A near miss for the North Sea oil industry
The blowout happened on Shell's Sedco 711 platform on 23 December last year as the Transocean crew was preparing to switch from a drilling operation to production, bringing the reservoir in stream.
The report, a nine-page safety review of the incident, details a series of errors and misjudgements that led to the blowout.
In a marked parallel with the Deepwater Horizon disaster, key indicators that something was going badly wrong were either misinterpreted or discounted - in this case in favour of a positive pressure test from a valve at the base of the well.
That valve had been dislodged, or damaged, in earlier operations and the report concludes: "The risk perception of barrier failure was blinkered by the positive inflow test."
By the time the crew realised there was a problem oil and gas from the reservoir was forcing its way up the drill shaft and out onto the rig.
Crucially there was not enough heavy mud available to pump back down into the well, counteracting the kick, or surge of gas and oil. A major spill was averted only when the BOP, or blowout preventer, was activated capping-off the well on the sea floor.
The Commons Energy and Climate Change Committee is currently holding an inquiry into the safety implications of the Deepwater Horizon disaster for the UK off-shore oil industry.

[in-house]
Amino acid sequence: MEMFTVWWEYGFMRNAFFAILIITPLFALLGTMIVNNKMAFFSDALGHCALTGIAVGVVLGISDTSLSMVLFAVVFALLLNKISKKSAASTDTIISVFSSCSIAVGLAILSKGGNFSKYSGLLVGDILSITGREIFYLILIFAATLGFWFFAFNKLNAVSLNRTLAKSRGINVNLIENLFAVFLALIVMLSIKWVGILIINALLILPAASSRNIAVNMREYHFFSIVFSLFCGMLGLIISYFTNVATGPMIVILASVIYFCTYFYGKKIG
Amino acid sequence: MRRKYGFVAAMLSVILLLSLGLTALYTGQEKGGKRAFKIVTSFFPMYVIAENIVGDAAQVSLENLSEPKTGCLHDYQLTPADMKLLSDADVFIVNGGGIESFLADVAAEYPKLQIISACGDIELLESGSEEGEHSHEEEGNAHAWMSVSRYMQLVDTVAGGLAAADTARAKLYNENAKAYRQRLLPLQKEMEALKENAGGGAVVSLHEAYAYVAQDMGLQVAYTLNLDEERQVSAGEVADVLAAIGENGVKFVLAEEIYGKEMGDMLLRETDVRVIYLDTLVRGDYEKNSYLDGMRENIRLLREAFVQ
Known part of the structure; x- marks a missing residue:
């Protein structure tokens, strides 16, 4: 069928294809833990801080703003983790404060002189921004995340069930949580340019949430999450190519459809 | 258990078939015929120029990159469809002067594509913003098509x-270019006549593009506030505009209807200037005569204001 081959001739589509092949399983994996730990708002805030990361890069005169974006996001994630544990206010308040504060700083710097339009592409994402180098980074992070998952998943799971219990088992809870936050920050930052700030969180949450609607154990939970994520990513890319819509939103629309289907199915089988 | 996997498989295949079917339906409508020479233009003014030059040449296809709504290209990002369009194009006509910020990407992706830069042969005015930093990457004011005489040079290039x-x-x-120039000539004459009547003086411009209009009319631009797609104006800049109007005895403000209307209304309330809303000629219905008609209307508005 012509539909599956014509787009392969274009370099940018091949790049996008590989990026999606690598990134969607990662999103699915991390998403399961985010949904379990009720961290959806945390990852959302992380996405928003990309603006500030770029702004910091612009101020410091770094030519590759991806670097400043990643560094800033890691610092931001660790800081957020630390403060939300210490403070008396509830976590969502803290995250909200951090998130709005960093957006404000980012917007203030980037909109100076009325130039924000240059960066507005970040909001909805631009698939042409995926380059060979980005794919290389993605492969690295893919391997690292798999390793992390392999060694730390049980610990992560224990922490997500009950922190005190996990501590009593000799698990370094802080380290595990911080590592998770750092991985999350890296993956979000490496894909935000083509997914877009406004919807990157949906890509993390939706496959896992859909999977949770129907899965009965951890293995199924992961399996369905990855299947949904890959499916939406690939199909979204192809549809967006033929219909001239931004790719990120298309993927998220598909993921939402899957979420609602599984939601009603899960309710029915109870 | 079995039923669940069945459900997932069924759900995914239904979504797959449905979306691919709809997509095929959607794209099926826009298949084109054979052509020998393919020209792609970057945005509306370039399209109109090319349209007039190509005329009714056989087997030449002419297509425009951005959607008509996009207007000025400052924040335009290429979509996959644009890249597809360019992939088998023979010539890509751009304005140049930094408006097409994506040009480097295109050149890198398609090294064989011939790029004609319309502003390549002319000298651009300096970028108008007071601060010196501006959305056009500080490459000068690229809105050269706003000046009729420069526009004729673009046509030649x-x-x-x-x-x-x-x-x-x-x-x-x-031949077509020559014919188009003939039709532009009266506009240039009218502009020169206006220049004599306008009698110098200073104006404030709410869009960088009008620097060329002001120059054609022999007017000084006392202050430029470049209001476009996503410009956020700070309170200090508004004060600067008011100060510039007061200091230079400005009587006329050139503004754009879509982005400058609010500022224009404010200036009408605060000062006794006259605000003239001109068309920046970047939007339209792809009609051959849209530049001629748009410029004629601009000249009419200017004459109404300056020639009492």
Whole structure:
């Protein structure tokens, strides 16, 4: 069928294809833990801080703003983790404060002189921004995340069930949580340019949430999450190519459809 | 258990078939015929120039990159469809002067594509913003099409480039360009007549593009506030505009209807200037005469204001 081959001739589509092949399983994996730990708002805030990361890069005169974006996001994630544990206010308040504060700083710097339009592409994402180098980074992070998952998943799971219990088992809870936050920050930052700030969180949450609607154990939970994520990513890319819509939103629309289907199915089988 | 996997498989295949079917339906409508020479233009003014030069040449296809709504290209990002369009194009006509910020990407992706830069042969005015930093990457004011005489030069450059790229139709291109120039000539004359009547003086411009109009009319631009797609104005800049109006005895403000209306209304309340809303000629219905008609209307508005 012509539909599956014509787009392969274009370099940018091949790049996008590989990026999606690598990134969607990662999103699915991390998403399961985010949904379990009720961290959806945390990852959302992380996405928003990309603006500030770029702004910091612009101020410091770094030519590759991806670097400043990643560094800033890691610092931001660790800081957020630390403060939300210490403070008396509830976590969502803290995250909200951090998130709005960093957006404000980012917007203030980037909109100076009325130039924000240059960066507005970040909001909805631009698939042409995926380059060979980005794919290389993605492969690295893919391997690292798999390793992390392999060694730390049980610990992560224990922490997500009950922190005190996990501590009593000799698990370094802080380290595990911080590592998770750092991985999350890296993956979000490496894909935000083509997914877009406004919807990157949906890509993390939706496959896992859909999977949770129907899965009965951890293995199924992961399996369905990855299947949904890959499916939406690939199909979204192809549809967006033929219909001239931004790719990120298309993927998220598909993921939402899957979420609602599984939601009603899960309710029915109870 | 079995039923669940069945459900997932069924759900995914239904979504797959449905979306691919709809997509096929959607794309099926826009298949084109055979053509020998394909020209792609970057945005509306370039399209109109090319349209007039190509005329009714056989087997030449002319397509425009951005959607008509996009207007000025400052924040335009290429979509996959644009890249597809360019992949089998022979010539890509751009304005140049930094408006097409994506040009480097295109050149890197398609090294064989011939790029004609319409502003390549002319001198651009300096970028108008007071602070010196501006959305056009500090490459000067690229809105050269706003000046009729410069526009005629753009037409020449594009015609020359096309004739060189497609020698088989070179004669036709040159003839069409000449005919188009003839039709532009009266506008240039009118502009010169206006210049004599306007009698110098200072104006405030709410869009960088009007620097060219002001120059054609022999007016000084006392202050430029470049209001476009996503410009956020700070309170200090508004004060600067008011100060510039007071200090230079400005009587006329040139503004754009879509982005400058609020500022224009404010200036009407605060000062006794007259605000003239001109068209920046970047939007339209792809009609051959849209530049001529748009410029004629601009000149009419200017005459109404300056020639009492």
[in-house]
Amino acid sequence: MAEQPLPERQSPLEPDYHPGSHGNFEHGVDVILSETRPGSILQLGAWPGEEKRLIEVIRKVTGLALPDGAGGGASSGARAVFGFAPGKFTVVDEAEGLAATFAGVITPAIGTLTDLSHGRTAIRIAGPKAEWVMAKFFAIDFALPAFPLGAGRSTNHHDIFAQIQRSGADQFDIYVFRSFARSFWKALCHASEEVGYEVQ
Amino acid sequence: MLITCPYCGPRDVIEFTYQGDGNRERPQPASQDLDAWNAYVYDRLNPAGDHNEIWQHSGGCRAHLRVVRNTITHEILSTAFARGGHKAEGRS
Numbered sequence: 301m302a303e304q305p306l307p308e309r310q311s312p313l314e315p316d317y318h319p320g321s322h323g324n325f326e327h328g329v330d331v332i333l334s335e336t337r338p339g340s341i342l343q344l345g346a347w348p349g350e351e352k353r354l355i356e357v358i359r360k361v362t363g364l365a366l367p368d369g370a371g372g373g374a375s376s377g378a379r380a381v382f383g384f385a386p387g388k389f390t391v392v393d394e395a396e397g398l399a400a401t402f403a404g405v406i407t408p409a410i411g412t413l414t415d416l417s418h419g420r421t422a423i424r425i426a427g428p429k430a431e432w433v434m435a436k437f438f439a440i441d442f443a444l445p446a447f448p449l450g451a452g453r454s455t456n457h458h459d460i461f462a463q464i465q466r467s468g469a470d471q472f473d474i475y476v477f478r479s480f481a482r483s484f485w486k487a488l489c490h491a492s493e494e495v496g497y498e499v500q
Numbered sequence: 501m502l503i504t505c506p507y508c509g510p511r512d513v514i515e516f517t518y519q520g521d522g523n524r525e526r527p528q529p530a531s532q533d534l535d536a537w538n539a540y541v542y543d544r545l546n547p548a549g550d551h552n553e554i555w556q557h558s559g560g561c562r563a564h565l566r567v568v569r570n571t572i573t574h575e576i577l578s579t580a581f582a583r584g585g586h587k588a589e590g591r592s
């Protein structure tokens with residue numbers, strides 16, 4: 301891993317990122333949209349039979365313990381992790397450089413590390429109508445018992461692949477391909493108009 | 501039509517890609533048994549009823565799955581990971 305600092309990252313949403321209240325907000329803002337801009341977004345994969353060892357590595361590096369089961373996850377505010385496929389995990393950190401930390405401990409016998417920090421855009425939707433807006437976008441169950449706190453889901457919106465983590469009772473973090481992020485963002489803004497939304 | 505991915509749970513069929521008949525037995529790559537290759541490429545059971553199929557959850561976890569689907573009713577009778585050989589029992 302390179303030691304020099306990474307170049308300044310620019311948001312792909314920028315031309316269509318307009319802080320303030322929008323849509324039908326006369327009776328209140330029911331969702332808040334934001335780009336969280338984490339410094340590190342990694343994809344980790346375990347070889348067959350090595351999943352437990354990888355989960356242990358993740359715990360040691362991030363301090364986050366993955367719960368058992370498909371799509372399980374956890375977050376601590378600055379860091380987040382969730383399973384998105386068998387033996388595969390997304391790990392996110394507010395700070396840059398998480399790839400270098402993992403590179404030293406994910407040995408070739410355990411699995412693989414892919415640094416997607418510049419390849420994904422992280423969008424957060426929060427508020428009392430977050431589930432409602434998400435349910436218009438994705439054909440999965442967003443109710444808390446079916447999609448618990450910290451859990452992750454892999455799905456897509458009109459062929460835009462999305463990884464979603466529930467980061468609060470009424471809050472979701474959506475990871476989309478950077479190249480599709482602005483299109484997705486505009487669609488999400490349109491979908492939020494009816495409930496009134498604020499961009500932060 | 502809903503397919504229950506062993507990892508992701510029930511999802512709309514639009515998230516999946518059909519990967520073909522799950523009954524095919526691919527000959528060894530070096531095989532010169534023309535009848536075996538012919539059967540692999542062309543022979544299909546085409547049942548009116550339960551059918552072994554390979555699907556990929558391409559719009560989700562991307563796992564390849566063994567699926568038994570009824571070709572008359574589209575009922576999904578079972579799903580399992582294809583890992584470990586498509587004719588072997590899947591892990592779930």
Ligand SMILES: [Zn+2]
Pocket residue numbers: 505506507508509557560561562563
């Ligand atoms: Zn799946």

MP's heard from Paul King, the managing director of Transocean's North Sea Division, back in September but were unaware of the incident on the Sedco 711 platform at the time.
The committee's chairman, Tim Yeo, confirmed the report would now feature in their inquiry, and said it was important to understand how frequently this kind of thing was happening off-shore, and whether there was a risk of a more serious accident.
"It's not clear that this is something that had been properly prepared for, and it may well have been more luck than judgement that got it under control. We don't want to see people working without the necessary kit, without proper training or procedures, and the result of that being a major spill."
We asked Transocean for an interview. Sadly no one was available to comment, but in a statement the company stressed the importance of safety and well control on all its installations.
"Any related events that occur on a rig anywhere in the world, including the one in December of 2009, are immediately reported to management, fully investigated, and the valuable information gleaned from that investigation is used to improve existing safety systems across the fleet."
Thankfully for all those on the Sedco 711 rig - and for the wider environment of the North Sea - a major accident and spill was averted.
But the parallels between this and the Deepwater Horizon disaster in the Gulf of Mexico raise serious questions about the operating procedures and safety margins employed on rigs across the off-shore oil industry.
According to the Health and Safety Executive there were 85 major or significant unplanned hydrocarbon releases across the sector in the North Sea last year - up 20 percent on 2008/9.